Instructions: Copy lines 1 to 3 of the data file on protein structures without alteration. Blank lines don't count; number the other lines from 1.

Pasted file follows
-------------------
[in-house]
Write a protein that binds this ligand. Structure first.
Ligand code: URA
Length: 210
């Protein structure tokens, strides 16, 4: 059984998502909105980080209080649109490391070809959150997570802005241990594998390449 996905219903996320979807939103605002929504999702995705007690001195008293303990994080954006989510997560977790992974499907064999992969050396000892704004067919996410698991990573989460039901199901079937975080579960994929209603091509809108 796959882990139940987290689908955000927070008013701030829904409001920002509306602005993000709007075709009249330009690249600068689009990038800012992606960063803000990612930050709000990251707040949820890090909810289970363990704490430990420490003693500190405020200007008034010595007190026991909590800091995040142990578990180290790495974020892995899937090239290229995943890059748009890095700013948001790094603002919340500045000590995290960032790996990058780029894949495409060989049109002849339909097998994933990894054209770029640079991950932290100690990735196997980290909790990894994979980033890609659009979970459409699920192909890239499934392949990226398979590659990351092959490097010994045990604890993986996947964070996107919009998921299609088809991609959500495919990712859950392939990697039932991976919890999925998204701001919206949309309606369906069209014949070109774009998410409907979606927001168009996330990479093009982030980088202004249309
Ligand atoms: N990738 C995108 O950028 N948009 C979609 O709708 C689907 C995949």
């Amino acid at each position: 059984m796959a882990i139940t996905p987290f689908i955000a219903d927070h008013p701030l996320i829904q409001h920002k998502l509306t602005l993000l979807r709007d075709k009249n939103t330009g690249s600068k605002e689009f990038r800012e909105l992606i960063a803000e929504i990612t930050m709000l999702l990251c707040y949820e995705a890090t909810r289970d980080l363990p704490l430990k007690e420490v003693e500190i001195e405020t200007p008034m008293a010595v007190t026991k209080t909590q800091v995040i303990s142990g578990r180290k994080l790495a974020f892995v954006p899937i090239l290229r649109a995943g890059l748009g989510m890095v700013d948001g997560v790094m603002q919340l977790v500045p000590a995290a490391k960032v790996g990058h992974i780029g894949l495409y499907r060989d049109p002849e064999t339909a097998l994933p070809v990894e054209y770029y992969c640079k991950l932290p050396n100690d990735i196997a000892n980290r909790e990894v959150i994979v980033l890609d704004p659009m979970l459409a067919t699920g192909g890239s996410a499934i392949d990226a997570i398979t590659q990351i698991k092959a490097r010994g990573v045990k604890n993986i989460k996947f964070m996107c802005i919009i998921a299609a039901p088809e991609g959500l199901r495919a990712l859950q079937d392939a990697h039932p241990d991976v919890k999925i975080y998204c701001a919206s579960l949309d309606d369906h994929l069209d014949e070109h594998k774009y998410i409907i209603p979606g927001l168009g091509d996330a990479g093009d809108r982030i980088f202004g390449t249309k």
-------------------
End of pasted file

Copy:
[in-house]
Write a protein that binds this ligand. Structure first.
Ligand code: URA